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Outlaw 10.5! Then, now and possible future


   When you think of outlaw 10.5 what drivers come to mind? Tim Lynch, Chuck Ulsch, Mo Hall, Danny Lowry just to name a few right? Well get a good look at these drivers names now because some say with how the rules are going these are just some of the drivers who will be stepping away from the class!
 
  Outlaw 10.5 is nothing new to the sport of heads up racing and has seen its up and downs over the past 15 years. Starting out with 29x10.5’s the cars first made for wild wheels up racing at southern tracks in GA, SC and NC. Macon and Brainerd were packed full in the pits with cars on these little tires and when I say packed I mean 40-60 cars were showing up to some of these events. Names like Terry Robbins, Chad Warner, Sambo Price, Alan Dudley, Stacey Macintyre, Steve Kirk and Jack Barfield were all at these races every time any of the southern track were putting on a “10.5” race. With some simple rules at first with just backhalfs only and by 1998 the “W” was showing up and all hell broke lose! Long gone were the 468 chevys with stacked plate systems and the BIG at the time 540 and 565’s showing up in some of the heavy hitters. The 600 inch movement started and so did the cutting edge chassis’s. Chad Warner’s Twin turbo 67 camaro was really one of the first cars that started the evolution of what we have today.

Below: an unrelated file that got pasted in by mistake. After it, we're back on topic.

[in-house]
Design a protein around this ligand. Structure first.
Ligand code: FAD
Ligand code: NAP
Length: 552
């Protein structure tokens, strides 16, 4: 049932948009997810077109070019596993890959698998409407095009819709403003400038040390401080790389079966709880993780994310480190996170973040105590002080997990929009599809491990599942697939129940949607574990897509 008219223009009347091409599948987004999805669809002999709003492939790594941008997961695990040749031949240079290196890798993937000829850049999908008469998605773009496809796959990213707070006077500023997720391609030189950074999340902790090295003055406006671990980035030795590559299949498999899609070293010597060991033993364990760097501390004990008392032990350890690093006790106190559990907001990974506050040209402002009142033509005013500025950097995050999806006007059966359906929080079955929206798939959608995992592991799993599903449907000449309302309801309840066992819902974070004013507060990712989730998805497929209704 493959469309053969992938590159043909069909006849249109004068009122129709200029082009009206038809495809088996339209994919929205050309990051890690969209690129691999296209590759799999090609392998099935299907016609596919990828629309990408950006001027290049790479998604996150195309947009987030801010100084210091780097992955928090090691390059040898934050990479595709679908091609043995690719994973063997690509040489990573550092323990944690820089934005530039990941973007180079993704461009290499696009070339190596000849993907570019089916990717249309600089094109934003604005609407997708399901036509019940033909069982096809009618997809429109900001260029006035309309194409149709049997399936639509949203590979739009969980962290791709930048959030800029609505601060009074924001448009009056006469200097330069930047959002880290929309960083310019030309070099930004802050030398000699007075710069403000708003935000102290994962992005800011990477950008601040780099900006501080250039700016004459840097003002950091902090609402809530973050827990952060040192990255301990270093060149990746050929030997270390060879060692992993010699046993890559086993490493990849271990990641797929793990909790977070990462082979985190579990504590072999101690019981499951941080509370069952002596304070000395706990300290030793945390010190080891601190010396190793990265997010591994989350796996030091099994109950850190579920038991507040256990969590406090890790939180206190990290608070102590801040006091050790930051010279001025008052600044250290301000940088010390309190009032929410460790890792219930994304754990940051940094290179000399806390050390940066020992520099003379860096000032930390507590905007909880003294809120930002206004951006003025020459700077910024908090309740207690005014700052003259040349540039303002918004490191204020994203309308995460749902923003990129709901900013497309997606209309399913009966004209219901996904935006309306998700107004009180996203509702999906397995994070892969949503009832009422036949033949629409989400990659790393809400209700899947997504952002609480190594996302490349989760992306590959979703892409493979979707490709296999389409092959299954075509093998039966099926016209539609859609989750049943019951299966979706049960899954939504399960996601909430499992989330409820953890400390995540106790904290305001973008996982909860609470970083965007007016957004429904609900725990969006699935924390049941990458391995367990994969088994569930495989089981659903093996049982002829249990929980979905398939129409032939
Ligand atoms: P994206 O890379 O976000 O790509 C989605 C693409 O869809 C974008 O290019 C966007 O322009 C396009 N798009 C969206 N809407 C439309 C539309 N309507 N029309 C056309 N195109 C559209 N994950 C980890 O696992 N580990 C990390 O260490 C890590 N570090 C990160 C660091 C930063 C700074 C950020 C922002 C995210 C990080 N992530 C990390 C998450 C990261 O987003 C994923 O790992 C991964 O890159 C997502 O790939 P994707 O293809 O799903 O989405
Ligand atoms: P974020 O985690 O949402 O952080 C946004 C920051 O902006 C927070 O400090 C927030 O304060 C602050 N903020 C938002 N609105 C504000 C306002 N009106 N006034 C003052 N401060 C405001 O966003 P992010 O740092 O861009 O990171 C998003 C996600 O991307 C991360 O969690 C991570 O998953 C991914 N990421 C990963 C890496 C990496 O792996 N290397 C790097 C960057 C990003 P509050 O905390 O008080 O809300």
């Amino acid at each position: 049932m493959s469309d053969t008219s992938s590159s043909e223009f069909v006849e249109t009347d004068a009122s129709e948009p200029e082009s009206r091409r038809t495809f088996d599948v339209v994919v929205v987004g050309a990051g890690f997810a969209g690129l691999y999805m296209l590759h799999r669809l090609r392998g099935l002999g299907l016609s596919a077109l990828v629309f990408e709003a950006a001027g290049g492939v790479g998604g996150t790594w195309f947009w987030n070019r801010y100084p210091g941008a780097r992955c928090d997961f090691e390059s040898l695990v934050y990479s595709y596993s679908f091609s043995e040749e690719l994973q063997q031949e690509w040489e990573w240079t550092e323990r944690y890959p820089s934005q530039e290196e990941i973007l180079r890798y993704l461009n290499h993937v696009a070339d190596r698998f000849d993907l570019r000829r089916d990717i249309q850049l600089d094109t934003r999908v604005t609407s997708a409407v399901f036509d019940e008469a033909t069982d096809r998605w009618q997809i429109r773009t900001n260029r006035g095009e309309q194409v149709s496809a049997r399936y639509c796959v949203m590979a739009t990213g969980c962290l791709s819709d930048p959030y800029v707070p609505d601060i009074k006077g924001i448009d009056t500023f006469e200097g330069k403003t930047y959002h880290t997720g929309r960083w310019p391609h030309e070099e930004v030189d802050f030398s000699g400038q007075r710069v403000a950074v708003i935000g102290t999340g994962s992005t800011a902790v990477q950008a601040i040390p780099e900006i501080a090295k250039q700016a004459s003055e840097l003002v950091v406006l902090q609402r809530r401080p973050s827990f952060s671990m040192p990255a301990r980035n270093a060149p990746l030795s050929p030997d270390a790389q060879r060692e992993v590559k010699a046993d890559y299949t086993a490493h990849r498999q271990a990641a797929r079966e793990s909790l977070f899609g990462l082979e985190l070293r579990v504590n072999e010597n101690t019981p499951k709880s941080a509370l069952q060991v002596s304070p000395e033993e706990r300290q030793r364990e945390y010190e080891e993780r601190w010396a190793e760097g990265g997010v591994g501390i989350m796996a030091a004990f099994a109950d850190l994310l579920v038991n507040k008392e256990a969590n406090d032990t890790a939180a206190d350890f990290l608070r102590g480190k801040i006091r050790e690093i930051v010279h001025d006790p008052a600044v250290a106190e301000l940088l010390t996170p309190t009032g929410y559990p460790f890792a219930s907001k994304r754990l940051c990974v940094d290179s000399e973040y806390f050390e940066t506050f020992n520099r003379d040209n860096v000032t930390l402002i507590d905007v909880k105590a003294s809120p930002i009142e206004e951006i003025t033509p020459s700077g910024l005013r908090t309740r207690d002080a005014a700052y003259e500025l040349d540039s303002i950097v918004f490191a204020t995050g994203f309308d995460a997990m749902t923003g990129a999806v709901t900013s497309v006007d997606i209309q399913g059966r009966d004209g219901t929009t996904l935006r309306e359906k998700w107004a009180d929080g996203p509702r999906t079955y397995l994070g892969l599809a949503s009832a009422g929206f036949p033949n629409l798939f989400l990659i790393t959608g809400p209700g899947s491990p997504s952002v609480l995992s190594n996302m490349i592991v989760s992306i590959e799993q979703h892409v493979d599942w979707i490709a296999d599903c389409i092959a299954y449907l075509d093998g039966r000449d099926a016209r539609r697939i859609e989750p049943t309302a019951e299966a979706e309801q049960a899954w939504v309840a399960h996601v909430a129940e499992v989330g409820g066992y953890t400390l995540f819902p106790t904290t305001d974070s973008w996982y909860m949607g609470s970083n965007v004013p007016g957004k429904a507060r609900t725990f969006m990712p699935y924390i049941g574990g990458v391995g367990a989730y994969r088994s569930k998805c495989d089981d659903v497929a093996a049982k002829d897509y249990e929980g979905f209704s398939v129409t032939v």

At this point around 2002 Another car was about to be sent to a very well known chassis shop for building pro mods and all this did was toss the match on the gas! Steve Kirk’s camaro was called “baby pro mod” when it first showed its face and the rule makers and racers known someone was going to show up with a ex pro stock car next with 10.5’s on it and want to race with the rest of the high tech cars that were popping up. Some racers said that the firewall back cars were the death of the class and some say once it went from the 29’s to the 31’s and 33’s that it wouldn’t last long with the bigger tires. Twin turbos and blown hemis were starting to make a big showing but still the main focus was on the chassis. A few cars were a bit legal but slid under the radar and were racing along side the “real” outlaws and once Johnny Fenn took on the job of putting together ORSCA in 2004 and getting a base set of rules everyone could follow and race on things started to settle down and fans of these cars were treated to some tight close racing with long burnouts and wheels up action and the rest is history! Fenn has caught some heat over the years from racers and fans but at same time he was making new fans and getting new racers to build cars for the class and the growth was spreading like a wild fire in the summer woods. Big money payouts could be found at tracks such as Huntsville with $50,000 to win races were drawing “legal” cars from all across the United States and Canada. Things were going strong for around 5-6 years with races like Orlando, Shakedown, Shadyside, The Civil Wars, Clash of the titans and Orsca having packed fields but something was in the air once again and this time is was not going to be good.